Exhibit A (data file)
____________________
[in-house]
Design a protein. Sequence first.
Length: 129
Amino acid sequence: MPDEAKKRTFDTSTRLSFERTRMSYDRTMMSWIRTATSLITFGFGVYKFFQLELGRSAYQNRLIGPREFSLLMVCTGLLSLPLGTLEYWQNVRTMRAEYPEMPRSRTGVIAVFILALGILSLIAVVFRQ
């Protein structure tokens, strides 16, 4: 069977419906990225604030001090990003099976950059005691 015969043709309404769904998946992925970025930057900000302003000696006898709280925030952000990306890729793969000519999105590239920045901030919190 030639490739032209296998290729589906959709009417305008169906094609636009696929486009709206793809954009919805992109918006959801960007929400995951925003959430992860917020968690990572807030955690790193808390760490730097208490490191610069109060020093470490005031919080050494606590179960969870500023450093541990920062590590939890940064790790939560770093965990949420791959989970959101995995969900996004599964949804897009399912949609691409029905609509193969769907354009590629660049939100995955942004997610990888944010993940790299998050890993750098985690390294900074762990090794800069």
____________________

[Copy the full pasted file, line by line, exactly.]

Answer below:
[in-house]
Design a protein. Sequence first.
Length: 129
Amino acid sequence: MPDEAKKRTFDTSTRLSFERTRMSYDRTMMSWIRTATSLITFGFGVYKFFQLELGRSAYQNRLIGPREFSLLMVCTGLLSLPLGTLEYWQNVRTMRAEYPEMPRSRTGVIAVFILALGILSLIAVVFRQ
């Protein structure tokens, strides 16, 4: 069977419906990225604030001090990003099976950059005691 015969043709309404769904998946992925970025930057900000302003000696006898709280925030952000990306890729793969000519999105590239920045901030919190 030639490739032209296998290729589906959709009417305008169906094609636009696929486009709206793809954009919805992109918006959801960007929400995951925003959430992860917020968690990572807030955690790193808390760490730097208490490191610069109060020093470490005031919080050494606590179960969870500023450093541990920062590590939890940064790790939560770093965990949420791959989970959101995995969900996004599964949804897009399912949609691409029905609509193969769907354009590629660049939100995955942004997610990888944010993940790299998050890993750098985690390294900074762990090794800069």